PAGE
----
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​As previously mentioned, the coastal waters are extremely nutrient rich, resulting in spectacular wildlife sightings including the leaping Great White sharks. The Western Cape is also home to 2 of the country's 8 UNESCO World Heritage sites. The first of which is the unique Cape Floral Kingdom which is characterised by fynbos and the protea family. The Cape Floral Kingdom contains more plant species than inhabit the whole of Europe. The second World Heritage site is Robben Island which is located in Table bay. It was used as a prison for centuries before being made famous by the first South African, free elected president, Nelson Mandela, who spent the majority of his 27 year sentence there.

​The Western Cape is an ideal location to start a mountain adventure. The rolling valleys around the Swartland and Overberg districts, long climbs up soaring coastal mountains, challenging tests through the semi desert region of the Karoo and the winding trails through some of the largest indigenous forests in South Africa.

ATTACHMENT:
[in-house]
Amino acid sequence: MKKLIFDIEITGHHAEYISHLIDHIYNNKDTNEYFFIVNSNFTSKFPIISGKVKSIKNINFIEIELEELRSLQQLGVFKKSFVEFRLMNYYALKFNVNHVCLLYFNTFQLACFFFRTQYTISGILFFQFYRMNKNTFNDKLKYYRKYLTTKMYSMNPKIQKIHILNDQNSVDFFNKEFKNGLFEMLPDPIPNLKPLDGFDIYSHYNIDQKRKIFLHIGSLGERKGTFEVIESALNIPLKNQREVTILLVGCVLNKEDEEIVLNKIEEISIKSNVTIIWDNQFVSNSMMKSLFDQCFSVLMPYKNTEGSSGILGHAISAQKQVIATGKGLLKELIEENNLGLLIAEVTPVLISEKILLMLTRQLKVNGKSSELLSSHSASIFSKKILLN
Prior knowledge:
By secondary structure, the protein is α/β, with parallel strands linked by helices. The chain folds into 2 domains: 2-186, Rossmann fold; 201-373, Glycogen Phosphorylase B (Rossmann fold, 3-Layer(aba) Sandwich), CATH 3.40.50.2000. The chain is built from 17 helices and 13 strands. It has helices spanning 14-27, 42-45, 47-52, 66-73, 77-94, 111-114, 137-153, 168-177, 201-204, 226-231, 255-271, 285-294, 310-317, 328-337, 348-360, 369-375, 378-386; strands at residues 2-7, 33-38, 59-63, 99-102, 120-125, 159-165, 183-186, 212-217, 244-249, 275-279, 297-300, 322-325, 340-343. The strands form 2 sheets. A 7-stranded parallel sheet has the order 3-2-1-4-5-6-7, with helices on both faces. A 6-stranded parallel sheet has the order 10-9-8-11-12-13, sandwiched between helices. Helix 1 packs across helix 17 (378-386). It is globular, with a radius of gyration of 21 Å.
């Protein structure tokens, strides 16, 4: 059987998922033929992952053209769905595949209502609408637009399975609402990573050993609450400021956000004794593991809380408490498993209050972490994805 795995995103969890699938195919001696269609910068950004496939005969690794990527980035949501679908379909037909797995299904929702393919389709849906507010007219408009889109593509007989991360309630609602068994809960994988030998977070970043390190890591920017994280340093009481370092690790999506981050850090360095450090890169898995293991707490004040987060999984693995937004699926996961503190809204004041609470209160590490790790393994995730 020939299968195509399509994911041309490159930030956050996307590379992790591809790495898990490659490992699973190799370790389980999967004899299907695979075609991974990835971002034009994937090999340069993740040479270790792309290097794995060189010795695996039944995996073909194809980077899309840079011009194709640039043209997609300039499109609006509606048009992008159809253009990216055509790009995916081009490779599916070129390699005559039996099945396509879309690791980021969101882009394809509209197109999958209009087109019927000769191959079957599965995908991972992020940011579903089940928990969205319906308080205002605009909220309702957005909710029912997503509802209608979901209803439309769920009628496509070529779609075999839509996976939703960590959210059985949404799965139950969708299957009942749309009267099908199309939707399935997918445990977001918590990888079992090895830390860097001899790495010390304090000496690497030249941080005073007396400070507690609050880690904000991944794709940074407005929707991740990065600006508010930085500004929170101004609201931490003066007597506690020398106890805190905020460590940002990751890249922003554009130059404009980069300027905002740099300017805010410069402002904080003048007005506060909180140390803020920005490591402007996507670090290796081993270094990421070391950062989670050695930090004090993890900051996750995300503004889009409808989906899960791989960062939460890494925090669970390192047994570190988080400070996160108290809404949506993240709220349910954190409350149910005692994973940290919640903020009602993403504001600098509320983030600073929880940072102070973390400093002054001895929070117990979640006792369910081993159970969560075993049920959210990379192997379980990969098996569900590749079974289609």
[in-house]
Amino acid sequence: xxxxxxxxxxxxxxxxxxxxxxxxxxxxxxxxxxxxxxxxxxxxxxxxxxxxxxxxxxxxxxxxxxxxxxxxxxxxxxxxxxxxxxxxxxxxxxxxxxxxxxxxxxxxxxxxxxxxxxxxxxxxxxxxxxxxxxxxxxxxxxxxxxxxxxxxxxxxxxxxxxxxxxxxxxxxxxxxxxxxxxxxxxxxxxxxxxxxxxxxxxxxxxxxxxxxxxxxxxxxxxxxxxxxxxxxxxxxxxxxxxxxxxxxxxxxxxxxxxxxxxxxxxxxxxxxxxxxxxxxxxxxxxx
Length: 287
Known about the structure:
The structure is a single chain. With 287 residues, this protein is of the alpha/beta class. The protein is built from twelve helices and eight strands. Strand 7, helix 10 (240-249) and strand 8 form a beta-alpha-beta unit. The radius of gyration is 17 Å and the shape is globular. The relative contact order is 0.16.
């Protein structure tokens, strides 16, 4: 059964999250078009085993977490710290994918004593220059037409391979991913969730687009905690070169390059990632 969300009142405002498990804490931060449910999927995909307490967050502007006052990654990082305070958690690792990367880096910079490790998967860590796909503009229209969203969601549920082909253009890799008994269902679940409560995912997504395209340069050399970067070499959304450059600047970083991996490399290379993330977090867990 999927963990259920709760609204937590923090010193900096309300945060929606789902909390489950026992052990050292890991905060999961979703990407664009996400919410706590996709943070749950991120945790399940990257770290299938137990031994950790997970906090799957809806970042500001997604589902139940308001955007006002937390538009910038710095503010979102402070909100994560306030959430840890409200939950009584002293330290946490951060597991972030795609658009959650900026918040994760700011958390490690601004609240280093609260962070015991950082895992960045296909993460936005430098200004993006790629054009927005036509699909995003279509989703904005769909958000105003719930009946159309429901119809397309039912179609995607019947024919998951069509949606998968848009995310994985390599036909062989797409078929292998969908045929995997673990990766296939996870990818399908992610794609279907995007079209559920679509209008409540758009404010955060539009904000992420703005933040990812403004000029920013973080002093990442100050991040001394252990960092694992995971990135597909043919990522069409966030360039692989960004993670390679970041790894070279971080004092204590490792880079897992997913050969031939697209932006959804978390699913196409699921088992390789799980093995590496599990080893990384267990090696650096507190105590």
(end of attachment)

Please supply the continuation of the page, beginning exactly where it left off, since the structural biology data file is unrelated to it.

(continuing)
The Western Cape is famous for a number of reasons including Robben Island, Table Mountain, indigenous 
forests around Knysna and Tsitsikamma and ofcourse the rich wine lands around areas such as Stellenbosh,
​Franschhoed and Helderberg.

​14% of South Africa GDP comes from this province with industries such as finance, ICT, retail, manufacturing and tourism. 

The Western Cape is the location of one of Africa's most iconic natural features, 'Table Mountain'. Cape Town is the Provincial Capital City and is situated in the curve of Table Mountain at the start of the southern, hook-shaped Cape Peninsula. The Western Cape is the Southernmost province of the South Africa, with the Southerly most point being Cape Agulhas and not in fact Cape Point which is displayed on many maps. 

The Western Cape contains a beautiful arrangement of soaring mountains, wide open beaches, an enticing patchwork of farmlands and the semi desertKaroo.

​Not only is the Western Cape special for its inland beauty, the wild coast is also a special  place, due to the joining of the cold Atlantic Ocean from the West and the warmer Indian Ocean from the East. Adding to this the nutrient rich Benguela current flowing from the west creating some of the world's richest fishing waters.


  • ​Provincial Capital City: Cape Town

  • Languages: 49.7%, 24.7% isiXhosa, 20.2% English

  • Population: 5 822 734 (2011)

  • Share of SA population: 11.3%

  • ​Area: 129 462 square kilometres

  • ​Share of total SA area: 10.6%

Western cape